I don't watch a lot of television. Running a newspaper and raising two little girls takes a lot of doing. Doesn't leave much time to catch up on the stories of the small screen.
But sometimes things will slow down at the paper when the afternoon rolls around. And it's not yet time to go pick up the little ones from FBC Weekday Center. So in these moments I find myself switching on the television in my office. The channel of choice is TV Land. The show I'm looking for is Andy Griffith.
That's right, one of my favorite television programs is the good old 1950s-60s "Andy Griffith Show." It just doesn't get any better than watching the exploits of kindly Mayberry sheriff Andy Taylor and his loveable band of supporting characters.
Their names all hold a special place in my heart. There's Barney, Andy's cousin and by-the-books loyal deputy. There's Opie, the redheaded son who cleaned out the shed, chopped the wood, put out the milk bottles, cut the grass and just about any other chore you could think of in order to earn his weekly allowance of 25 cents.
There's Aunt Bea and her delicious fried chicken and apple pies. There's Otis with his moonshine and weekly visits to the jail so he could sleep off that night's hooch. He's got choir practice to get to after all. Then there's Floyd the shaky handed barber, Goober and Gomer the cousins and resident mechanical whiz kids, Ernest T. Bass – well we all should remember Ernest T.
I sit back and laugh, enjoying the good nature of the shows. They lack vulgarity, crudeness and violence of today's television world. They hearken to a simpler time when the world hadn't moved on, people hadn't gotten so busy with "making life easier" only to go ahead and made things a heck of a lot harder.
You didn't work on Sundays in Mayberry. Stores weren't open at all. They also closed early on Wednesday and the Mom and Pop store was the backbone of America's way of life.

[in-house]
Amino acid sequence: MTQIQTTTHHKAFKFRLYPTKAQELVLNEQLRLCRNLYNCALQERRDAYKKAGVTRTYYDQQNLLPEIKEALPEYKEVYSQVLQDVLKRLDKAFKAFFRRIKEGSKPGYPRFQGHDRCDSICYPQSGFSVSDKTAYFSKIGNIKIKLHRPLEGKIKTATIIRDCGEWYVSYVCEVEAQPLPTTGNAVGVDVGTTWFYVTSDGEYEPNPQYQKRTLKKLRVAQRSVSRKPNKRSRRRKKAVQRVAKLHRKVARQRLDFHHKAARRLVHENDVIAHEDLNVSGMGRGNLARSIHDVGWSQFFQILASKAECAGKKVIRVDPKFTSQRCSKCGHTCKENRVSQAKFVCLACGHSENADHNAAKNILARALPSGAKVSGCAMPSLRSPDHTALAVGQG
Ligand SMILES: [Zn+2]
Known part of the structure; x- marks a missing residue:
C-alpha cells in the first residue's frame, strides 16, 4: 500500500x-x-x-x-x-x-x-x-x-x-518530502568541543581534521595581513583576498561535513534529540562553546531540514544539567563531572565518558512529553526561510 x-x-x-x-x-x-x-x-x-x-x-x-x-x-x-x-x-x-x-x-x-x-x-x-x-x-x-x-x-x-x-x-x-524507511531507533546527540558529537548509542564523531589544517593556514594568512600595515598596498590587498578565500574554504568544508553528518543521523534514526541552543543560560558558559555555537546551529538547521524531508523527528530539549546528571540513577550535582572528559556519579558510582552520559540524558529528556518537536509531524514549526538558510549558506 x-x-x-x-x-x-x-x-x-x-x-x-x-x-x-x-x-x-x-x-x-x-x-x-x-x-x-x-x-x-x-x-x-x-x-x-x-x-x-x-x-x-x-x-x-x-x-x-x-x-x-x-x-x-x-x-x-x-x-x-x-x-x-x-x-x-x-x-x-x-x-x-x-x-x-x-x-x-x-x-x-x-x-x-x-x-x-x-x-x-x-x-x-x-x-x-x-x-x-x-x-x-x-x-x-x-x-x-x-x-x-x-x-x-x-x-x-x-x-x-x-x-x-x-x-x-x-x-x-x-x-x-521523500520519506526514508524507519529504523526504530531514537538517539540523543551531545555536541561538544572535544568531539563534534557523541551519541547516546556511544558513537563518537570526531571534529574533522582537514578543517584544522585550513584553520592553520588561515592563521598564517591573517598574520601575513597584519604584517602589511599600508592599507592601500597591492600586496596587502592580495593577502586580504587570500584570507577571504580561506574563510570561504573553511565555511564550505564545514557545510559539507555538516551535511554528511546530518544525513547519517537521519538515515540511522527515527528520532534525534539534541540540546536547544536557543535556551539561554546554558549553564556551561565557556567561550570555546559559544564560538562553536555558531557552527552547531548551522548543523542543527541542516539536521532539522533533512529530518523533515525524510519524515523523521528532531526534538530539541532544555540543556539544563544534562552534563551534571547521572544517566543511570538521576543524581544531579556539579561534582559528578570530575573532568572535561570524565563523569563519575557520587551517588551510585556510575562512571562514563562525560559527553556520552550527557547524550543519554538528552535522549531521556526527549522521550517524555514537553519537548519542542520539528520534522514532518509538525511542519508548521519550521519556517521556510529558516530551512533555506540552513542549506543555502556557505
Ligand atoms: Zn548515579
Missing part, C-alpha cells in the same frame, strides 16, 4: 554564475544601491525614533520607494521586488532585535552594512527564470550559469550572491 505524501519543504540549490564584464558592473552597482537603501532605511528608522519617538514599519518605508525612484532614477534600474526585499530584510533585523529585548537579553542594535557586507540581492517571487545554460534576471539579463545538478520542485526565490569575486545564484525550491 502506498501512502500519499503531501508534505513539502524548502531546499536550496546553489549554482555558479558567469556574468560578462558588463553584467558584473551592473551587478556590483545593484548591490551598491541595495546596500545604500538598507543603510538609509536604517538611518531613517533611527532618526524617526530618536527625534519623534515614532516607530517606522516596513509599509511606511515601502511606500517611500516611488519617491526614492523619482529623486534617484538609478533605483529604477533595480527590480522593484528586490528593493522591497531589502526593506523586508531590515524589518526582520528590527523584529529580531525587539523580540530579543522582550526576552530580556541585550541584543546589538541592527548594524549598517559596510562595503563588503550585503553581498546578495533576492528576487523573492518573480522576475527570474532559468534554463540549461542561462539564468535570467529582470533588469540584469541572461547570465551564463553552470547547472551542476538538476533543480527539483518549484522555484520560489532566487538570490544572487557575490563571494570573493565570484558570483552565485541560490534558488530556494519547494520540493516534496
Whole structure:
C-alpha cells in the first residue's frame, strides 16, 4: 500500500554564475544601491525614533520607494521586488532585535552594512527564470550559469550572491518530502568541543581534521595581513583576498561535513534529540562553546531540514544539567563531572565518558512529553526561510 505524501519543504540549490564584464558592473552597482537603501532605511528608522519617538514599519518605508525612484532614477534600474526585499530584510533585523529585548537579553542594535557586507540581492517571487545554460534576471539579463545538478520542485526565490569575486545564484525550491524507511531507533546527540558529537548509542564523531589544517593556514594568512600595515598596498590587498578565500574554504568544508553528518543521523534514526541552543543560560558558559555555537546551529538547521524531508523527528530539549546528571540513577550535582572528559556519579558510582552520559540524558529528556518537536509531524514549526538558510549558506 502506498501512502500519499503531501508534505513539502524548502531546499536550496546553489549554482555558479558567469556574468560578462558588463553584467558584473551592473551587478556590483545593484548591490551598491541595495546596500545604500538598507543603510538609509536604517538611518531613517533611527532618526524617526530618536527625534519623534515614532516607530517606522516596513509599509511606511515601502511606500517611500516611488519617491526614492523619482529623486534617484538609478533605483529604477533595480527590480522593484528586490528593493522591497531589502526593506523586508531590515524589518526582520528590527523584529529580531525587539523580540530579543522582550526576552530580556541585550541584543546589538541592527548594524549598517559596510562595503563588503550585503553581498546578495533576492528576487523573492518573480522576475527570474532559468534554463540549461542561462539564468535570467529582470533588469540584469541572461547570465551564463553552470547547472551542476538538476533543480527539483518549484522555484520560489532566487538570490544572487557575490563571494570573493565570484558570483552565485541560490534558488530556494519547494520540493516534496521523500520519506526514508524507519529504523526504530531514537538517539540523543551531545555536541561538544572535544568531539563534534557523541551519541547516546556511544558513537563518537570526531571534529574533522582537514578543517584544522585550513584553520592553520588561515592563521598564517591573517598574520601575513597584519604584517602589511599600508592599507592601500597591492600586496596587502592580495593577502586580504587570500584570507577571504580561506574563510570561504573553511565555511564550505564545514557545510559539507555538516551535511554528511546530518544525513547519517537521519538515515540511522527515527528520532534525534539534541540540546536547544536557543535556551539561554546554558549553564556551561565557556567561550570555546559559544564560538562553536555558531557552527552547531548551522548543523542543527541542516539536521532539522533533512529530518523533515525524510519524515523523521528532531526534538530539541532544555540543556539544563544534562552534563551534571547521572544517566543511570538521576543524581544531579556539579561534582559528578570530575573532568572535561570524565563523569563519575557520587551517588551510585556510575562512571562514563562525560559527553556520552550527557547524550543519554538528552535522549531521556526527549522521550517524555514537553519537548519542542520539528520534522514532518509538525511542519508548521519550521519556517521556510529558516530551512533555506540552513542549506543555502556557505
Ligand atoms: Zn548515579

I was born in 1978; so all my formative years have been consumed with the hectic nature of the world we've made. I'm probably romanticizing the notion of life a half century ago. Television life is always better than real life, even back then. But I can't help but think that way of life in the days of Andy was simpler, more peaceful, less break-neck.
Morals were taught in every episode. Life lessons were learned. The shows didn't revolve around Andy trying to go to bed with every "skirt" that he met at the drugstore. They didn't center on Andy bashing heads or going undercover and developing a drug addiction.
The shows focused on a man raising his son, teaching the boy right from wrong and of the importance of friends, making good decisions and being responsible. All with some of the cleverest writing ever penned by a Hollywood scribe.
I love the show and look forward to the chances I get to flip on the set and go back in time. Back to a world with exchanges like this:
Barney Fife: Well, today's eight-year-olds are tomorrow's teenagers. I say this calls for action and now. Nip it in the bud. First sign of youngsters going wrong, you've got to nip it in the bud.
Andy Taylor: I'm going to have a talk with them. What else do you want me to do?
Barney Fife: Well, don't just mollycoddle them.
Andy Taylor: I won't.
Barney Fife: Nip it. You go read any book you can on the subject of child discipline and you'll find every one of them is in favor of bud nipping.
Andy Taylor: What are you doing?
Barney Fife: Gun-drawing practice, ten minutes every day. If I ever have to use this baby, I want to teach it to come to papa in a hurry.
And, finally, this:
Andy Taylor: Somewhere wandering loose around Mayberry is a loaded goat.
Josh Beavers is the publisher of the Minden Press-Herald. He is a two-time recipient of the Best Newspaper Column award given annually by the Louisiana Press Association.